candlestick

1812-1821


The Collected Letters, Volume 1


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TC TO ROBERT MITCHELL; 31 May 1819; DOI: 10.1215/lt-18190531-TC-RM-01; CL 1:178-180.


TC TO ROBERT MITCHELL

Mainhill, 31st May 1819—

My dear Friend,

In compliance with your request, I transmit to you, by the medium of our dearly-beloved Johnston, the information which I have gleaned respecting your Brother1 at St John's—and the plan of our correspondence during the summer. It is the rainy evening of a dull day which I have spent in reading a little of Klopstock's Messias2 (for the man Jardine, who broke his engagement); and in looking over the inflated work of ‘Squire Bristed on ‘America and her resources.’3 ‘Vivacity,’ therefore, on my part, is quite out of the question— But without further preface—

From the scanty notices communicated by the Antigua Doctor, it appears that your Brother returned from America about two years ago; that he is unmarried, and maintains a small tho' respectable domestic establishment in the chief town of the island; that his trading capital, which was disposed of at his departure, has not been replaced since his return; that, in fact, trade being rather low in those parts, and William in consequence not engaged in enterprises of great moment, he is living principally at present by the produce of his former industry. Such is all the meagre detail which I could extract from James Johnston alias Bogs.4 But if you will be prevailed upon to visit Mainhill, any time shortly—James declares himself ready to give you every satisfaction. At all events he returns to the land flowing with rum & treacle, in about two months, and will be extremely happy at being charged with any message or letter from you.

With regard to the conveyance of our letters—I have ascertained that one John Little is almost daily in the habit of driving coals from Annan to Ecclefechan. He always calls at the house of his brother-in-law, James Thomson,—a man who lives within three doors of the gaol—and pursues no earthly occupation, but buttressing the house-corner and eating victual. I spoke to the man Little: and if, from these data, you can invent an address which may enable our old friend Post John to deliver your letter into the hands of this coal-man, I have no doubt that it will arrive safely at Ecclefn. To confess a truth, I am not without my doubts of your punctuality: yet am I unwilling to forego the hope of frequently hearing from you. My life for some months is likely to be peaceful & destitute of incident: a letter from Ruthwell will constitute a pleasing variety in the simple avocations which, principal[l]y it must be confessed for avoiding ennui, I desing [design] to pursue for a few months.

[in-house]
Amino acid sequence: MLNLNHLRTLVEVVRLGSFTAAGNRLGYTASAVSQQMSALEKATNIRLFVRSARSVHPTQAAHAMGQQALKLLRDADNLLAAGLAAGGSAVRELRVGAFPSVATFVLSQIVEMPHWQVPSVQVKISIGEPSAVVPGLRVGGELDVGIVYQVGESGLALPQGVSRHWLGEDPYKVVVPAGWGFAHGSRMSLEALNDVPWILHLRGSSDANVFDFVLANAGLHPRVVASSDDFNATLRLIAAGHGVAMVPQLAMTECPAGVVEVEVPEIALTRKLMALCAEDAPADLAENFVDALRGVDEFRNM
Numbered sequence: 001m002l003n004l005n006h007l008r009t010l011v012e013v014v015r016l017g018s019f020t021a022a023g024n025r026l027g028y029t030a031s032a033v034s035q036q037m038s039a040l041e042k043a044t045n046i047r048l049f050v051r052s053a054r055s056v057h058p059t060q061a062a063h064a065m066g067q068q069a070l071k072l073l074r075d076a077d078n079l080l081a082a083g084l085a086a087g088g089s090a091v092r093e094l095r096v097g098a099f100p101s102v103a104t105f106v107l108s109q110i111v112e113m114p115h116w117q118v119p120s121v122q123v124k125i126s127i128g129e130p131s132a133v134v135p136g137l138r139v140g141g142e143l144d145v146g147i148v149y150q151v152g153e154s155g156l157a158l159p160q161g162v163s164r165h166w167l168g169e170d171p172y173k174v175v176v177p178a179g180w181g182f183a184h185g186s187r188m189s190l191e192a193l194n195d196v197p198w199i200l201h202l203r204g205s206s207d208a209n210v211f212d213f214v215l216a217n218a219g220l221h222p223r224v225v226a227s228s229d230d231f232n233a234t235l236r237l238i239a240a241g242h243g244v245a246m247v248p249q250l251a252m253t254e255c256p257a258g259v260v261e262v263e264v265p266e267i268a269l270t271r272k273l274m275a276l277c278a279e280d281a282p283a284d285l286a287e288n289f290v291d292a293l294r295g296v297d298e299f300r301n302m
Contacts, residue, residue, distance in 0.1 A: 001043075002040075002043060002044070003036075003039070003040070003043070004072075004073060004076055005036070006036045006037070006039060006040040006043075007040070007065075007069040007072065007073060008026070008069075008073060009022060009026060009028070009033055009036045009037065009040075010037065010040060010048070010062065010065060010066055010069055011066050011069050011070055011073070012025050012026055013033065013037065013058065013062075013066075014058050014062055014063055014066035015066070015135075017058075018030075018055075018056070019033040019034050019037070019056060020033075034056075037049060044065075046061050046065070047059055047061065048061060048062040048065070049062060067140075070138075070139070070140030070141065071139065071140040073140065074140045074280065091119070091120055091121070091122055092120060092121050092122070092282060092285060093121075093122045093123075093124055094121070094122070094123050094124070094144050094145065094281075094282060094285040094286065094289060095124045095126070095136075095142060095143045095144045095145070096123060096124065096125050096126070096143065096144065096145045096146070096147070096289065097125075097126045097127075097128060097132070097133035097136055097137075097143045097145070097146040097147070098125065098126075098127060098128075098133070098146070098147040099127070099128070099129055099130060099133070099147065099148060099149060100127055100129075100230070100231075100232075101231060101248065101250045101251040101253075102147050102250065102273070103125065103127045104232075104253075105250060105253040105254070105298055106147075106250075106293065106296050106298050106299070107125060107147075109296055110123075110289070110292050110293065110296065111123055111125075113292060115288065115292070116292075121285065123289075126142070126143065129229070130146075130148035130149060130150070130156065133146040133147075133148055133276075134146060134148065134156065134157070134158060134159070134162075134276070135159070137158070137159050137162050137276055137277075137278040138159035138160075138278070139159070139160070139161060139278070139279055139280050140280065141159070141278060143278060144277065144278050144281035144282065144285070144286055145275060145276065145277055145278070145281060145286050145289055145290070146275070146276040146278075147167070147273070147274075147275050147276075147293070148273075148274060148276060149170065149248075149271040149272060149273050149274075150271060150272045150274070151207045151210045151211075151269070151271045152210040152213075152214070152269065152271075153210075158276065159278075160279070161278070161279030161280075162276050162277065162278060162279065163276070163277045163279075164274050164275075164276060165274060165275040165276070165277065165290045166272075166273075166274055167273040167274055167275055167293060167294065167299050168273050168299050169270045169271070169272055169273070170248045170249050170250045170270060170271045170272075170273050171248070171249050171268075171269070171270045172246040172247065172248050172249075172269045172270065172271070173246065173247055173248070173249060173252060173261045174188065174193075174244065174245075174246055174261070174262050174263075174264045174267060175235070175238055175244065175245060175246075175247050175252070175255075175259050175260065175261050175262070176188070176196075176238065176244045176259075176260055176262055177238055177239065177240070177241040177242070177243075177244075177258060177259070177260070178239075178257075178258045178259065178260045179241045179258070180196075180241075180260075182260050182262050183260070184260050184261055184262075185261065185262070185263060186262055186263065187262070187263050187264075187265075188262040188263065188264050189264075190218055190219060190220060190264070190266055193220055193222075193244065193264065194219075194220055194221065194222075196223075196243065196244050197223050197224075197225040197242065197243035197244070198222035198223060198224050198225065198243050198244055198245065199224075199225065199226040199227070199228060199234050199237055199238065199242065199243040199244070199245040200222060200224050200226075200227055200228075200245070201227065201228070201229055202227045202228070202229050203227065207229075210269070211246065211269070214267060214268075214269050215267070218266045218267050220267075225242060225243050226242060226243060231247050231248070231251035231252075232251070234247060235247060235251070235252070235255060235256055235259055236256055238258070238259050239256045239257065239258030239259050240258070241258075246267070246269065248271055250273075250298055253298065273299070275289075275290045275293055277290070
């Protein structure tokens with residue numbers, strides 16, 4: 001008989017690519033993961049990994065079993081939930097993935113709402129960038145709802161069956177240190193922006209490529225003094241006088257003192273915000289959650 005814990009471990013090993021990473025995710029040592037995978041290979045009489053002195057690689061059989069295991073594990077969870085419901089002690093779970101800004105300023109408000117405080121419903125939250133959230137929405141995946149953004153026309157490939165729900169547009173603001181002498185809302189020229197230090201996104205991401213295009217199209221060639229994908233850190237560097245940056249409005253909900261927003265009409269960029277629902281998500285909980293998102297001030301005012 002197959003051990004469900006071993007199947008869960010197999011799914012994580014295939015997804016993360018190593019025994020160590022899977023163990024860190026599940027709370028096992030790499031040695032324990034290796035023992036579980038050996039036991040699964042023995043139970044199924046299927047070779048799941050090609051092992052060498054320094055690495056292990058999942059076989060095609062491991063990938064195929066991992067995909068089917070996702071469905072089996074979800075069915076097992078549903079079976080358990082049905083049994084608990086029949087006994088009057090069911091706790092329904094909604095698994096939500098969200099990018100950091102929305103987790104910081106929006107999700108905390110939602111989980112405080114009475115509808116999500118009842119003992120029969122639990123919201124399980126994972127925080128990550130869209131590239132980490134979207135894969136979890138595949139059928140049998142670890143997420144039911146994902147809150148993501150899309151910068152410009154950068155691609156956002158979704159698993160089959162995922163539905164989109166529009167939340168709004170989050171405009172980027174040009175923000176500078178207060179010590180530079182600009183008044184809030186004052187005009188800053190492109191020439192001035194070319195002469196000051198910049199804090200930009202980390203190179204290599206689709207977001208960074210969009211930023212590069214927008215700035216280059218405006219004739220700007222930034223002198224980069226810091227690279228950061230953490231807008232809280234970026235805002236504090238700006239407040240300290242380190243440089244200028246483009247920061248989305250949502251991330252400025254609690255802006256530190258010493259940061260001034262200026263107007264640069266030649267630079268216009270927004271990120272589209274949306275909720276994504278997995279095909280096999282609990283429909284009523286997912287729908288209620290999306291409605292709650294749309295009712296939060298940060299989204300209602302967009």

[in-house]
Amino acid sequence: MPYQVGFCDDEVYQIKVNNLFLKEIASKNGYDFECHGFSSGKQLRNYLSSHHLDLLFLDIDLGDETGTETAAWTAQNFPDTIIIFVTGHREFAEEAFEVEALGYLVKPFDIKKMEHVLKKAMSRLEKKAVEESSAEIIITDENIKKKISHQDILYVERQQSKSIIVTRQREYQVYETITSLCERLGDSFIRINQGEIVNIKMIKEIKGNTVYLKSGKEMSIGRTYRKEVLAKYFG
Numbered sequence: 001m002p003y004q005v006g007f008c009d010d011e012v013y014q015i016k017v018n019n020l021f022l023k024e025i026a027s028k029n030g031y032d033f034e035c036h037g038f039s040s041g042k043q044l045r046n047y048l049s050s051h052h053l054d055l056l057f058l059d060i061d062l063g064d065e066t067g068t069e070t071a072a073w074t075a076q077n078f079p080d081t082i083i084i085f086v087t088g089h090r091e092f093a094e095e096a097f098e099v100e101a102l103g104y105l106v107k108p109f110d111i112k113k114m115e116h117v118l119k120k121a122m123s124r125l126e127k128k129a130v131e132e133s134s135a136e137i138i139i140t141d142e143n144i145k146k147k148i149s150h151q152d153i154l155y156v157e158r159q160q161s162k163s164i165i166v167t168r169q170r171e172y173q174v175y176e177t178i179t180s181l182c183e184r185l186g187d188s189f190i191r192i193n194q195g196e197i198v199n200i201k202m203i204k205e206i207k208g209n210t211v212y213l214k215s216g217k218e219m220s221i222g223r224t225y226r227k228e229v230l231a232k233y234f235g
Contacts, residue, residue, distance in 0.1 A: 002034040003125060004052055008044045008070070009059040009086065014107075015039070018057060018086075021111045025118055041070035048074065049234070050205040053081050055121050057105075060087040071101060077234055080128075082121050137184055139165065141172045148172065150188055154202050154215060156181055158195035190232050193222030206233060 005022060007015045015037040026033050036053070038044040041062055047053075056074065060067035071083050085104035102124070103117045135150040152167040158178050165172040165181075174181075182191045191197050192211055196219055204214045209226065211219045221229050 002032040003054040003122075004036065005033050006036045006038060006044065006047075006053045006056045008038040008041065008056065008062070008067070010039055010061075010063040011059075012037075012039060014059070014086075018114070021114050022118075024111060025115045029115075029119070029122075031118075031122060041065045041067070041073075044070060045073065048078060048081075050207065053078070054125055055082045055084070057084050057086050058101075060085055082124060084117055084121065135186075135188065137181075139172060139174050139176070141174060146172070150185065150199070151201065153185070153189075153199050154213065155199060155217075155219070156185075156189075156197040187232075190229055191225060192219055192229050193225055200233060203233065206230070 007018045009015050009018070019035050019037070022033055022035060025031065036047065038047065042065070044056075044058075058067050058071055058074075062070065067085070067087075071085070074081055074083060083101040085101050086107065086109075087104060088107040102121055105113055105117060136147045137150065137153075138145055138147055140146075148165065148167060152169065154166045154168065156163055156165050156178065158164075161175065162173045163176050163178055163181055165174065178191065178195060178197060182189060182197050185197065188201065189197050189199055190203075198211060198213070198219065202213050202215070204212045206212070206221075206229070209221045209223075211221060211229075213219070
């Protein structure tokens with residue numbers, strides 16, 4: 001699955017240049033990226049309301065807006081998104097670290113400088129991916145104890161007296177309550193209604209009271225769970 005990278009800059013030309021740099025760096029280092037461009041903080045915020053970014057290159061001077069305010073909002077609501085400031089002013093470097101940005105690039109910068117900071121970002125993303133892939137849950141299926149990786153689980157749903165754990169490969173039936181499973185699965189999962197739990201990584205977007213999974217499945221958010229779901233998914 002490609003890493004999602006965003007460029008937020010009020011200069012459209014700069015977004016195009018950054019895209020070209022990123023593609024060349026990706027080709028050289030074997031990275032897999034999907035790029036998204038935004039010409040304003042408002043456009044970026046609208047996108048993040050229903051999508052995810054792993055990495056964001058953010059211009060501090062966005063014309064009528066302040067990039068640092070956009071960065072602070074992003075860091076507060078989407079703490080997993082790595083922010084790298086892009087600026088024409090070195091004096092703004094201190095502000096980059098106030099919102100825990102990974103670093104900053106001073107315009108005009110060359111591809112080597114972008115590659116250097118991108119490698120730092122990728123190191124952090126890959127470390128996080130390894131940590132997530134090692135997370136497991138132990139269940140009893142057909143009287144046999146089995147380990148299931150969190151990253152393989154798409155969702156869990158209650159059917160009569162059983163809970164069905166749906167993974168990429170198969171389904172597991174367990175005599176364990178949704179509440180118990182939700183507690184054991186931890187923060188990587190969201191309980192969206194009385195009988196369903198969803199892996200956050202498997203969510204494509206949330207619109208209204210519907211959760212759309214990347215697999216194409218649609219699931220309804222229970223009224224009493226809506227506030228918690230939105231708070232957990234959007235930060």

I have done, as usual, almost nothing since we parted— Some one asked me with a smile, of which I knew not the meaning, if I would read that book, putting into my hands a volume of Rousseau's confessions.5 It is perhaps the most remarkable tome, I ever read. Except for its occassional obscenity, I might wish to see the remainder of the book: to try if possible to connect the character of Jean Jacques with my previous ideas of human nature. To say he was mad were to cut the knot, without loosing it. At any rate, what could have induced any mortal, mad or wise, to recollect and delineate such a tissue of vulgar debauchery, falseheartedness & misery—is quite beyond my comprehension. If we regret our exclusion from that Gallic constellation, which has set, and found no successor to its brilliancy—the memoirs of Marmontel 6 or Rousseau's confessions should teach a virtuous Briton to be content with the dull sobriety of his native country. I will not speak of the Abbé Raynal: of others I have nothing to say.

It is late; the husbandmen of this rustic mansion are all sunk in profound repose: why should I longer wake? A slender steed is to be saddled for me to-morrow by six o'clock—whereupon I design to ride with this sheet to Johnston at Bogside— An important errand, you will say.

Meanwhile, Good night,

ever your's /

Thomas Carlyle—

Will you write to me within ten days?7 If the letter (when written, which is the most important particular) were directed to the care of John Little Carter Ecclefn—and if verbal orders were given to the old Postman where to leave it—there could be no danger of its safe arrival— When you come hither—a horse will convey you in two hours— I have many things to tell you, which escaped me in our late desultory colloquies— In this neighbourhood I have found two pieces of Siennite and a morsel of Grauwacke8—which I am not mineralogist enough to regard with the smallest extacy—